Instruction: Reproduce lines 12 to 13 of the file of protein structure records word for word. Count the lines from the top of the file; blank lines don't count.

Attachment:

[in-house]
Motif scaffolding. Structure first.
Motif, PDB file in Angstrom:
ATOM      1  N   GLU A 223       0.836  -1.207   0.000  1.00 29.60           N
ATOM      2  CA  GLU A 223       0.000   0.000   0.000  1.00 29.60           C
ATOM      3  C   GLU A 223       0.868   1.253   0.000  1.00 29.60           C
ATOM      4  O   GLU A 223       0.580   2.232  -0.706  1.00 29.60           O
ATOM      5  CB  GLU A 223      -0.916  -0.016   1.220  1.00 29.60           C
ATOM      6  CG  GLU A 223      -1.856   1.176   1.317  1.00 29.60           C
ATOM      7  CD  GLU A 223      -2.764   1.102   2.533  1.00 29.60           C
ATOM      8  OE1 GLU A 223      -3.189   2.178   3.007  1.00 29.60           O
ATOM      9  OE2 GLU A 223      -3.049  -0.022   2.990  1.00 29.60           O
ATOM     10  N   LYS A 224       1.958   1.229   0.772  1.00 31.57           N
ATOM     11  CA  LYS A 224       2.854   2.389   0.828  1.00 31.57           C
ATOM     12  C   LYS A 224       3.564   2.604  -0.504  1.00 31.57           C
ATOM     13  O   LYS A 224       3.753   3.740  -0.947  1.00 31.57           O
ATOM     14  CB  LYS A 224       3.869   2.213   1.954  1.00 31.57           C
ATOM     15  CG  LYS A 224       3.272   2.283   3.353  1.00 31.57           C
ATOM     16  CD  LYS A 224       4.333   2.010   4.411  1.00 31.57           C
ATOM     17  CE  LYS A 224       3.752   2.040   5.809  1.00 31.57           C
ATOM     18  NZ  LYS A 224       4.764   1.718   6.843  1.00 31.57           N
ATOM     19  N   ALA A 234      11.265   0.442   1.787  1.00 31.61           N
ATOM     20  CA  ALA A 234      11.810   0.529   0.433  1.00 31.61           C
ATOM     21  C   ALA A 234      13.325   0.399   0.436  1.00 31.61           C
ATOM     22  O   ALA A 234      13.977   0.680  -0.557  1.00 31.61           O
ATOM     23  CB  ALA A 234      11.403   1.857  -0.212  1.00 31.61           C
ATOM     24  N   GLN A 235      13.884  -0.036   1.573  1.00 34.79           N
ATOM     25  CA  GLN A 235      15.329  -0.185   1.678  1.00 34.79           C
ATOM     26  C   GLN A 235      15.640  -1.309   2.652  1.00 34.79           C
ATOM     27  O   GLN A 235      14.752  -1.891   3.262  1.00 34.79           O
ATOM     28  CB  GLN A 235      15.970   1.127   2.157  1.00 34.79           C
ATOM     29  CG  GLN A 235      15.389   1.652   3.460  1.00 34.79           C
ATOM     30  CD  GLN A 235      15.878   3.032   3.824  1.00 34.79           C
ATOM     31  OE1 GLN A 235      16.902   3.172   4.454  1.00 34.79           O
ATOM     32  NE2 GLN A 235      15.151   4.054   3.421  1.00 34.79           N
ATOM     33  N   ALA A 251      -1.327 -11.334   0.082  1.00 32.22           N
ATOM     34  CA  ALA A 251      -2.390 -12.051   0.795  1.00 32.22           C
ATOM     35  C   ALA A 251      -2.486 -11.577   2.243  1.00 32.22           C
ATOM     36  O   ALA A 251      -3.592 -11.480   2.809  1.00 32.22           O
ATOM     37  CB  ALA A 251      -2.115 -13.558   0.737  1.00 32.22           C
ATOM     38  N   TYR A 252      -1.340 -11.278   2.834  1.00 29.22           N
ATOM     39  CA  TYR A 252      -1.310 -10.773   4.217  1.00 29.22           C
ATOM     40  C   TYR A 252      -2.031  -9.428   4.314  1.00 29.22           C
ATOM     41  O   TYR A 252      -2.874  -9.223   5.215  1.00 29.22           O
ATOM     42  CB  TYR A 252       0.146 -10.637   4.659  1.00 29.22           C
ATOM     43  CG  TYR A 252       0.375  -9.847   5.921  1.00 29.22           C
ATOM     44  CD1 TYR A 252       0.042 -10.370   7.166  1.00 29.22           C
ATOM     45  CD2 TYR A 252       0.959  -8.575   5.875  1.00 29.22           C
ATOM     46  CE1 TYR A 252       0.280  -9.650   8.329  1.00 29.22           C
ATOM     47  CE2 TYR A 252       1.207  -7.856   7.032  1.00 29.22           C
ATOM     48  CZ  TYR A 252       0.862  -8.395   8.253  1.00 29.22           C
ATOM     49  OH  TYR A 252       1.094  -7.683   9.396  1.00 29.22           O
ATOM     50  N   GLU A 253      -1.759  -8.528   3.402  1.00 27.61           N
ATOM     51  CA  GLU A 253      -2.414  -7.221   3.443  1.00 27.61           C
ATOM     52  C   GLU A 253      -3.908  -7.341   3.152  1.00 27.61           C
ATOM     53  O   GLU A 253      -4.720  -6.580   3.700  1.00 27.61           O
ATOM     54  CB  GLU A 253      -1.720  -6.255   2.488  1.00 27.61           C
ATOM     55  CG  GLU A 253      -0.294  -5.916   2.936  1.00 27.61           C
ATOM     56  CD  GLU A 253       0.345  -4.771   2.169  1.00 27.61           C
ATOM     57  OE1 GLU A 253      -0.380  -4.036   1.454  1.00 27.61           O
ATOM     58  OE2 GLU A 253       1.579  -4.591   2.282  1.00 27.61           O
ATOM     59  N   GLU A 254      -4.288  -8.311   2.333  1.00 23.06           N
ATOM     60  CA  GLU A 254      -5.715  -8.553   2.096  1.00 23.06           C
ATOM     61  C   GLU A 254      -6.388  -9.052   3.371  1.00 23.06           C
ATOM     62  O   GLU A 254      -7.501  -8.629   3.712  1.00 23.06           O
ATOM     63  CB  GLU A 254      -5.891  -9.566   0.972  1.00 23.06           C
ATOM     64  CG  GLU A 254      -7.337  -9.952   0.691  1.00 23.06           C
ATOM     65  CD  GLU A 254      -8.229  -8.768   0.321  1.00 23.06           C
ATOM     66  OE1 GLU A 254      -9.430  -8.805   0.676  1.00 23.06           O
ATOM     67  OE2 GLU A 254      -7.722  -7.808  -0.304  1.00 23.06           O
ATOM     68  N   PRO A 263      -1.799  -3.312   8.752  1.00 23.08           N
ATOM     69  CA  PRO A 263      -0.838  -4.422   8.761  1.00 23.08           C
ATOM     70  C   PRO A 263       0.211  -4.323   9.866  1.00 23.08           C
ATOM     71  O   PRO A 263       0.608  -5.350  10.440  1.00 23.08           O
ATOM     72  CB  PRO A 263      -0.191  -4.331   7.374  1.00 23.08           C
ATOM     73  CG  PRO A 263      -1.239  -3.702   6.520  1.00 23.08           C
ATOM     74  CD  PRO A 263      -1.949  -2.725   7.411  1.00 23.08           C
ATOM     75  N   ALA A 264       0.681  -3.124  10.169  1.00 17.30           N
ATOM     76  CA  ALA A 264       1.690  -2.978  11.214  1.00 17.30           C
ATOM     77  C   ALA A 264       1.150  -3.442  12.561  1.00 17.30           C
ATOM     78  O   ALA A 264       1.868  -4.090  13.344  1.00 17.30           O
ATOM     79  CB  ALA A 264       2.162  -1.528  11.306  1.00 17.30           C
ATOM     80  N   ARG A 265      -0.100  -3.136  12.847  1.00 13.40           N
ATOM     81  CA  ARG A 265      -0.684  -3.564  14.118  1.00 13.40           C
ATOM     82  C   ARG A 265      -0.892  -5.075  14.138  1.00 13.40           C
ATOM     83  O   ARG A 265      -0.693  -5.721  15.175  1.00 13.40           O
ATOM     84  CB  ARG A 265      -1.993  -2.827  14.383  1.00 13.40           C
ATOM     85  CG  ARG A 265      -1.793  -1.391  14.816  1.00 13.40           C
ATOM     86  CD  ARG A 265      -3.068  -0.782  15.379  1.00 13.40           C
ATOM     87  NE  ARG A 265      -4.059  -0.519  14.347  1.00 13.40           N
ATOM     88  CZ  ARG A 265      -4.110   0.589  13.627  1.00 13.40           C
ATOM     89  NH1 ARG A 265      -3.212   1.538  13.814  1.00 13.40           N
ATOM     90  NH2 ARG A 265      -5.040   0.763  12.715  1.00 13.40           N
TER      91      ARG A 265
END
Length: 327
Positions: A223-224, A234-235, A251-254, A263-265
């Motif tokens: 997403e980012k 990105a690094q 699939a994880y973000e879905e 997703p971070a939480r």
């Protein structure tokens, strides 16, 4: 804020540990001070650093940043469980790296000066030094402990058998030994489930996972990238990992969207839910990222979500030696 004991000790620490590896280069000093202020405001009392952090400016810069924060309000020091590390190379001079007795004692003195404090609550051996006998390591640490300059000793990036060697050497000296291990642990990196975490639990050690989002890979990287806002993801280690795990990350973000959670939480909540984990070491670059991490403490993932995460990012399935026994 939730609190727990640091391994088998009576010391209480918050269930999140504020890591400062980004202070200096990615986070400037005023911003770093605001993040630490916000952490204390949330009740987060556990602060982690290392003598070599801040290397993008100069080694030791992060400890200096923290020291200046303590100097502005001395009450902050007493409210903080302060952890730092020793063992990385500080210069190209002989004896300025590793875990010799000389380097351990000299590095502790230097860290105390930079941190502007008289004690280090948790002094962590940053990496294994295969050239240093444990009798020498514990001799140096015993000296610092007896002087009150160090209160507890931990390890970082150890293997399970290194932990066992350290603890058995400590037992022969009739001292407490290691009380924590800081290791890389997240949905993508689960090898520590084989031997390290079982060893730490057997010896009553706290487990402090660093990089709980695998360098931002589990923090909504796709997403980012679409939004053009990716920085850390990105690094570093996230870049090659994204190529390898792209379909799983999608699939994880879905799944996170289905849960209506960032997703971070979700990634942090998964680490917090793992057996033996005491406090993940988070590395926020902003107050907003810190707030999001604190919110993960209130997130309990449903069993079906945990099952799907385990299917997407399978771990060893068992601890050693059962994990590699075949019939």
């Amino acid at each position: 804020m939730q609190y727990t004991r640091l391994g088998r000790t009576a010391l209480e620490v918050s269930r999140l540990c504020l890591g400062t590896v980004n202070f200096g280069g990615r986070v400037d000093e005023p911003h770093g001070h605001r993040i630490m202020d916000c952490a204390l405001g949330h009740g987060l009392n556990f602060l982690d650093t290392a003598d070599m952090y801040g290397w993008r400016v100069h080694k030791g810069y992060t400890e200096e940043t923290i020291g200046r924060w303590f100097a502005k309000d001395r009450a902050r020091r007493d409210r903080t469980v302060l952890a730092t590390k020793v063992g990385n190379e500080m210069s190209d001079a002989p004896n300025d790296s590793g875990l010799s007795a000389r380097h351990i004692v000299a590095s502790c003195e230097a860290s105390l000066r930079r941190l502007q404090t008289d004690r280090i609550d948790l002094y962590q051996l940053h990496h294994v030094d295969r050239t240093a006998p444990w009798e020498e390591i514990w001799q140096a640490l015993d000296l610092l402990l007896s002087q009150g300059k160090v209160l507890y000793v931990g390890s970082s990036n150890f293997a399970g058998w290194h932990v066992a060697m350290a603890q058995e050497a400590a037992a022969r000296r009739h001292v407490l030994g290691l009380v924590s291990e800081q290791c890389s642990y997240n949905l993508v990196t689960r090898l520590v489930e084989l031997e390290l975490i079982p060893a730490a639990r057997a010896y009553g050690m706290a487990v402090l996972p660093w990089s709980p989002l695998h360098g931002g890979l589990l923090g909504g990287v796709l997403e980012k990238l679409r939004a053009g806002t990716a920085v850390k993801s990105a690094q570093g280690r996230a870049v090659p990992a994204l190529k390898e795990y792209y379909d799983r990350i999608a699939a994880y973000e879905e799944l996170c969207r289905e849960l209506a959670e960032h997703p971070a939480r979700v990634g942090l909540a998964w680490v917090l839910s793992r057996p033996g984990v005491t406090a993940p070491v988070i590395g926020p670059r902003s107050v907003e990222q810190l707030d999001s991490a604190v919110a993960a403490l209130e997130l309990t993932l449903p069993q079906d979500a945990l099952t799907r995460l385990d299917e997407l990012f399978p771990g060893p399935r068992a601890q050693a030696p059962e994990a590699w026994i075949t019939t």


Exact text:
ATOM      9  OE2 GLU A 223      -3.049  -0.022   2.990  1.00 29.60           O
ATOM     10  N   LYS A 224       1.958   1.229   0.772  1.00 31.57           N